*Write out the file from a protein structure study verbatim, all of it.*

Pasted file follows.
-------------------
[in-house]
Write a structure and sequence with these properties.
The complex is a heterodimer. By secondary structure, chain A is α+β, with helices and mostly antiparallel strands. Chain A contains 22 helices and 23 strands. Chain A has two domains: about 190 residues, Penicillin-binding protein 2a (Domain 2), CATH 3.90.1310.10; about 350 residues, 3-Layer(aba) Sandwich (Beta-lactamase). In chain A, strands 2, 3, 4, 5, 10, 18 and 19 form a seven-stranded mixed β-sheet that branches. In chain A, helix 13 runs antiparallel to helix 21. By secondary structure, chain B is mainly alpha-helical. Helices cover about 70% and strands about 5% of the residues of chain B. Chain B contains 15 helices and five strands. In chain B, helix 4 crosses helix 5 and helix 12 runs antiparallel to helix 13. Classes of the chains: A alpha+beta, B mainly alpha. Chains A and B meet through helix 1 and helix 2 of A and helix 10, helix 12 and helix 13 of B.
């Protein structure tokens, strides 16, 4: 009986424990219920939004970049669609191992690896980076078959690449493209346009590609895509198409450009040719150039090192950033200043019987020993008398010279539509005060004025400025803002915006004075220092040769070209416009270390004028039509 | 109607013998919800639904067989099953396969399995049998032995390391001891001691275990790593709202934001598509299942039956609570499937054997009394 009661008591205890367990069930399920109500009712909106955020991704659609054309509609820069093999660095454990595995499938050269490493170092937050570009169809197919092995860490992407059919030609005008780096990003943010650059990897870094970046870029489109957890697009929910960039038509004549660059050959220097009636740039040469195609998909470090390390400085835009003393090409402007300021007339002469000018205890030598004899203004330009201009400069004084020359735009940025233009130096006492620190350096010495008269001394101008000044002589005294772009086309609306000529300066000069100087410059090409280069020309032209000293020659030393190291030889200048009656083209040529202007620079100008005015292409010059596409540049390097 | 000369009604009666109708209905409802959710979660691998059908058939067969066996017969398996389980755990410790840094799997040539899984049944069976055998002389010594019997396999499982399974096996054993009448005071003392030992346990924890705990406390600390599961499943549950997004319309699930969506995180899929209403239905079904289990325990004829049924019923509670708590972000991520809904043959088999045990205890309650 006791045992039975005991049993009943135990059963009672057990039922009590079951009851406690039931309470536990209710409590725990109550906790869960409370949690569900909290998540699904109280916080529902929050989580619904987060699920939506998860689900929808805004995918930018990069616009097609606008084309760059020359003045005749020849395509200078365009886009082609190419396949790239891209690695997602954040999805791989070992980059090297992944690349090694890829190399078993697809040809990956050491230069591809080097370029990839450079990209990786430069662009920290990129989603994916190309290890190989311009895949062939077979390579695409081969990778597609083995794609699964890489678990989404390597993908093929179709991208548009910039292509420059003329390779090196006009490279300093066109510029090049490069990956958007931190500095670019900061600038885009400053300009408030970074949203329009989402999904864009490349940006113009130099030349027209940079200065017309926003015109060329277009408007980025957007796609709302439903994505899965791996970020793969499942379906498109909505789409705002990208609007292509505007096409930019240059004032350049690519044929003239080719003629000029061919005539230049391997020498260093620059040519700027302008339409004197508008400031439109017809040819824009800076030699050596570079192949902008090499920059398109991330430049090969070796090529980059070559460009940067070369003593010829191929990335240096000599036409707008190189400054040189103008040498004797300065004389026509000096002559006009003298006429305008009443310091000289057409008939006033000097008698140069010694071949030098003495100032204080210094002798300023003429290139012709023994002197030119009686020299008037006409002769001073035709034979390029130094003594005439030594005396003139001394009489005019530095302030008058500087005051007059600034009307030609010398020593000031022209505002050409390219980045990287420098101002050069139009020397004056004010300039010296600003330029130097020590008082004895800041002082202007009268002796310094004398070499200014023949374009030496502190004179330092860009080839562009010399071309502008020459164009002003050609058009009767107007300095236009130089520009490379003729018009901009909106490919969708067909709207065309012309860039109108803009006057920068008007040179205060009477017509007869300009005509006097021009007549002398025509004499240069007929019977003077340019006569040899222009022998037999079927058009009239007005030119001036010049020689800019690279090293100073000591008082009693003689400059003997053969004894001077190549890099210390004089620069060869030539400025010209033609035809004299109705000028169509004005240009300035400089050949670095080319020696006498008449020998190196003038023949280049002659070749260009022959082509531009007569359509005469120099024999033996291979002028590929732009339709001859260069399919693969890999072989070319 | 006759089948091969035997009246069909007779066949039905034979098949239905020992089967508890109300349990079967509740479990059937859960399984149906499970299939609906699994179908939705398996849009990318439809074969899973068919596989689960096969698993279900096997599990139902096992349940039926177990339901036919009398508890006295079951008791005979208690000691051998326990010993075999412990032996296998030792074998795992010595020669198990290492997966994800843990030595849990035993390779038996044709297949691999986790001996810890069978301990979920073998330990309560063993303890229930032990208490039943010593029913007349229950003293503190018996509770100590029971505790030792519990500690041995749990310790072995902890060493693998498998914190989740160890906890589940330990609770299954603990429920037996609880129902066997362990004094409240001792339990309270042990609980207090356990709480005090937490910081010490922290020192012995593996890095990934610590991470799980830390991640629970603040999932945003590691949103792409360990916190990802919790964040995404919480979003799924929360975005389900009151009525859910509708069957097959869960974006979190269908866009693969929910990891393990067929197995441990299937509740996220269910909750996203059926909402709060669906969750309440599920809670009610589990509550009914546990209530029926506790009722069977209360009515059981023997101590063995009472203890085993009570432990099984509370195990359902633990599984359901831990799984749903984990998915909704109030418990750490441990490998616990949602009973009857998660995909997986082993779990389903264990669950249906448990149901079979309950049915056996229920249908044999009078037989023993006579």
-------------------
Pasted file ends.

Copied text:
[in-house]
Write a structure and sequence with these properties.
The complex is a heterodimer. By secondary structure, chain A is α+β, with helices and mostly antiparallel strands. Chain A contains 22 helices and 23 strands. Chain A has two domains: about 190 residues, Penicillin-binding protein 2a (Domain 2), CATH 3.90.1310.10; about 350 residues, 3-Layer(aba) Sandwich (Beta-lactamase). In chain A, strands 2, 3, 4, 5, 10, 18 and 19 form a seven-stranded mixed β-sheet that branches. In chain A, helix 13 runs antiparallel to helix 21. By secondary structure, chain B is mainly alpha-helical. Helices cover about 70% and strands about 5% of the residues of chain B. Chain B contains 15 helices and five strands. In chain B, helix 4 crosses helix 5 and helix 12 runs antiparallel to helix 13. Classes of the chains: A alpha+beta, B mainly alpha. Chains A and B meet through helix 1 and helix 2 of A and helix 10, helix 12 and helix 13 of B.
């Protein structure tokens, strides 16, 4: 009986424990219920939004970049669609191992690896980076078959690449493209346009590609895509198409450009040719150039090192950033200043019987020993008398010279539509005060004025400025803002915006004075220092040769070209416009270390004028039509 | 109607013998919800639904067989099953396969399995049998032995390391001891001691275990790593709202934001598509299942039956609570499937054997009394 009661008591205890367990069930399920109500009712909106955020991704659609054309509609820069093999660095454990595995499938050269490493170092937050570009169809197919092995860490992407059919030609005008780096990003943010650059990897870094970046870029489109957890697009929910960039038509004549660059050959220097009636740039040469195609998909470090390390400085835009003393090409402007300021007339002469000018205890030598004899203004330009201009400069004084020359735009940025233009130096006492620190350096010495008269001394101008000044002589005294772009086309609306000529300066000069100087410059090409280069020309032209000293020659030393190291030889200048009656083209040529202007620079100008005015292409010059596409540049390097 | 000369009604009666109708209905409802959710979660691998059908058939067969066996017969398996389980755990410790840094799997040539899984049944069976055998002389010594019997396999499982399974096996054993009448005071003392030992346990924890705990406390600390599961499943549950997004319309699930969506995180899929209403239905079904289990325990004829049924019923509670708590972000991520809904043959088999045990205890309650 006791045992039975005991049993009943135990059963009672057990039922009590079951009851406690039931309470536990209710409590725990109550906790869960409370949690569900909290998540699904109280916080529902929050989580619904987060699920939506998860689900929808805004995918930018990069616009097609606008084309760059020359003045005749020849395509200078365009886009082609190419396949790239891209690695997602954040999805791989070992980059090297992944690349090694890829190399078993697809040809990956050491230069591809080097370029990839450079990209990786430069662009920290990129989603994916190309290890190989311009895949062939077979390579695409081969990778597609083995794609699964890489678990989404390597993908093929179709991208548009910039292509420059003329390779090196006009490279300093066109510029090049490069990956958007931190500095670019900061600038885009400053300009408030970074949203329009989402999904864009490349940006113009130099030349027209940079200065017309926003015109060329277009408007980025957007796609709302439903994505899965791996970020793969499942379906498109909505789409705002990208609007292509505007096409930019240059004032350049690519044929003239080719003629000029061919005539230049391997020498260093620059040519700027302008339409004197508008400031439109017809040819824009800076030699050596570079192949902008090499920059398109991330430049090969070796090529980059070559460009940067070369003593010829191929990335240096000599036409707008190189400054040189103008040498004797300065004389026509000096002559006009003298006429305008009443310091000289057409008939006033000097008698140069010694071949030098003495100032204080210094002798300023003429290139012709023994002197030119009686020299008037006409002769001073035709034979390029130094003594005439030594005396003139001394009489005019530095302030008058500087005051007059600034009307030609010398020593000031022209505002050409390219980045990287420098101002050069139009020397004056004010300039010296600003330029130097020590008082004895800041002082202007009268002796310094004398070499200014023949374009030496502190004179330092860009080839562009010399071309502008020459164009002003050609058009009767107007300095236009130089520009490379003729018009901009909106490919969708067909709207065309012309860039109108803009006057920068008007040179205060009477017509007869300009005509006097021009007549002398025509004499240069007929019977003077340019006569040899222009022998037999079927058009009239007005030119001036010049020689800019690279090293100073000591008082009693003689400059003997053969004894001077190549890099210390004089620069060869030539400025010209033609035809004299109705000028169509004005240009300035400089050949670095080319020696006498008449020998190196003038023949280049002659070749260009022959082509531009007569359509005469120099024999033996291979002028590929732009339709001859260069399919693969890999072989070319 | 006759089948091969035997009246069909007779066949039905034979098949239905020992089967508890109300349990079967509740479990059937859960399984149906499970299939609906699994179908939705398996849009990318439809074969899973068919596989689960096969698993279900096997599990139902096992349940039926177990339901036919009398508890006295079951008791005979208690000691051998326990010993075999412990032996296998030792074998795992010595020669198990290492997966994800843990030595849990035993390779038996044709297949691999986790001996810890069978301990979920073998330990309560063993303890229930032990208490039943010593029913007349229950003293503190018996509770100590029971505790030792519990500690041995749990310790072995902890060493693998498998914190989740160890906890589940330990609770299954603990429920037996609880129902066997362990004094409240001792339990309270042990609980207090356990709480005090937490910081010490922290020192012995593996890095990934610590991470799980830390991640629970603040999932945003590691949103792409360990916190990802919790964040995404919480979003799924929360975005389900009151009525859910509708069957097959869960974006979190269908866009693969929910990891393990067929197995441990299937509740996220269910909750996203059926909402709060669906969750309440599920809670009610589990509550009914546990209530029926506790009722069977209360009515059981023997101590063995009472203890085993009570432990099984509370195990359902633990599984359901831990799984749903984990998915909704109030418990750490441990490998616990949602009973009857998660995909997986082993779990389903264990669950249906448990149901079979309950049915056996229920249908044999009078037989023993006579």